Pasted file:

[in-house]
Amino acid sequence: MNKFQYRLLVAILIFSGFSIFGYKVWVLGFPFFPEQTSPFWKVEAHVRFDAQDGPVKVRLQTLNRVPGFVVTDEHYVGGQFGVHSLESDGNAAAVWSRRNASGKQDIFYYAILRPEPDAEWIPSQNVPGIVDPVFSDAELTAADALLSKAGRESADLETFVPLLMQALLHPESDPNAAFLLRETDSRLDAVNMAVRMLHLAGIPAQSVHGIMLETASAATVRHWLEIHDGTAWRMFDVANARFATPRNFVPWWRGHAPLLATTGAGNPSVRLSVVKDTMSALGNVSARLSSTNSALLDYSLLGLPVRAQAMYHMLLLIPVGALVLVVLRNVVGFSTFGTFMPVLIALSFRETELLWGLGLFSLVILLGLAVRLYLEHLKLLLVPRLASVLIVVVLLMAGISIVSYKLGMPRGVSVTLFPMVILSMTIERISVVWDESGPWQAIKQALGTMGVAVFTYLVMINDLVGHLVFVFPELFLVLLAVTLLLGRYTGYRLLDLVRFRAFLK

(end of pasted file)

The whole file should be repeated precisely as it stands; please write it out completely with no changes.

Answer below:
[in-house]
Amino acid sequence: MNKFQYRLLVAILIFSGFSIFGYKVWVLGFPFFPEQTSPFWKVEAHVRFDAQDGPVKVRLQTLNRVPGFVVTDEHYVGGQFGVHSLESDGNAAAVWSRRNASGKQDIFYYAILRPEPDAEWIPSQNVPGIVDPVFSDAELTAADALLSKAGRESADLETFVPLLMQALLHPESDPNAAFLLRETDSRLDAVNMAVRMLHLAGIPAQSVHGIMLETASAATVRHWLEIHDGTAWRMFDVANARFATPRNFVPWWRGHAPLLATTGAGNPSVRLSVVKDTMSALGNVSARLSSTNSALLDYSLLGLPVRAQAMYHMLLLIPVGALVLVVLRNVVGFSTFGTFMPVLIALSFRETELLWGLGLFSLVILLGLAVRLYLEHLKLLLVPRLASVLIVVVLLMAGISIVSYKLGMPRGVSVTLFPMVILSMTIERISVVWDESGPWQAIKQALGTMGVAVFTYLVMINDLVGHLVFVFPELFLVLLAVTLLLGRYTGYRLLDLVRFRAFLK